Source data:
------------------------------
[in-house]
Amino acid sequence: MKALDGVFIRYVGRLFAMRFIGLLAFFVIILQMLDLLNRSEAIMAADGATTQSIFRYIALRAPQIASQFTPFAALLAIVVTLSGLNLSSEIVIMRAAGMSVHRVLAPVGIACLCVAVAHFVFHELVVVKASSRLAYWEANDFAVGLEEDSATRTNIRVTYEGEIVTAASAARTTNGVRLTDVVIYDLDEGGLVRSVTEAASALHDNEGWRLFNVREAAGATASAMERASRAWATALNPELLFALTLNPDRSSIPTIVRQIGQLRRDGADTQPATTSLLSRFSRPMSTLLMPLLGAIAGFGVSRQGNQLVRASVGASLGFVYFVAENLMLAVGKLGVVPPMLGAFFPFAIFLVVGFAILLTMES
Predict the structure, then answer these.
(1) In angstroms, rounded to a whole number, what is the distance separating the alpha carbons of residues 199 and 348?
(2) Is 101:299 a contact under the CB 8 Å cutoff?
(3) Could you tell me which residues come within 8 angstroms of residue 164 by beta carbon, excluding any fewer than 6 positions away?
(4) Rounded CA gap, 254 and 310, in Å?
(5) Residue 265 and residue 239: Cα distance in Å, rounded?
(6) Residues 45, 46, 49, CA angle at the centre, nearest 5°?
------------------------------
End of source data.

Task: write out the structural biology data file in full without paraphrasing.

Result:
[in-house]
Amino acid sequence: MKALDGVFIRYVGRLFAMRFIGLLAFFVIILQMLDLLNRSEAIMAADGATTQSIFRYIALRAPQIASQFTPFAALLAIVVTLSGLNLSSEIVIMRAAGMSVHRVLAPVGIACLCVAVAHFVFHELVVVKASSRLAYWEANDFAVGLEEDSATRTNIRVTYEGEIVTAASAARTTNGVRLTDVVIYDLDEGGLVRSVTEAASALHDNEGWRLFNVREAAGATASAMERASRAWATALNPELLFALTLNPDRSSIPTIVRQIGQLRRDGADTQPATTSLLSRFSRPMSTLLMPLLGAIAGFGVSRQGNQLVRASVGASLGFVYFVAENLMLAVGKLGVVPPMLGAFFPFAIFLVVGFAILLTMES
Predict the structure, then answer these.
(1) In angstroms, rounded to a whole number, what is the distance separating the alpha carbons of residues 199 and 348?
(2) Is 101:299 a contact under the CB 8 Å cutoff?
(3) Could you tell me which residues come within 8 angstroms of residue 164 by beta carbon, excluding any fewer than 6 positions away?
(4) Rounded CA gap, 254 and 310, in Å?
(5) Residue 265 and residue 239: Cα distance in Å, rounded?
(6) Residues 45, 46, 49, CA angle at the centre, nearest 5°?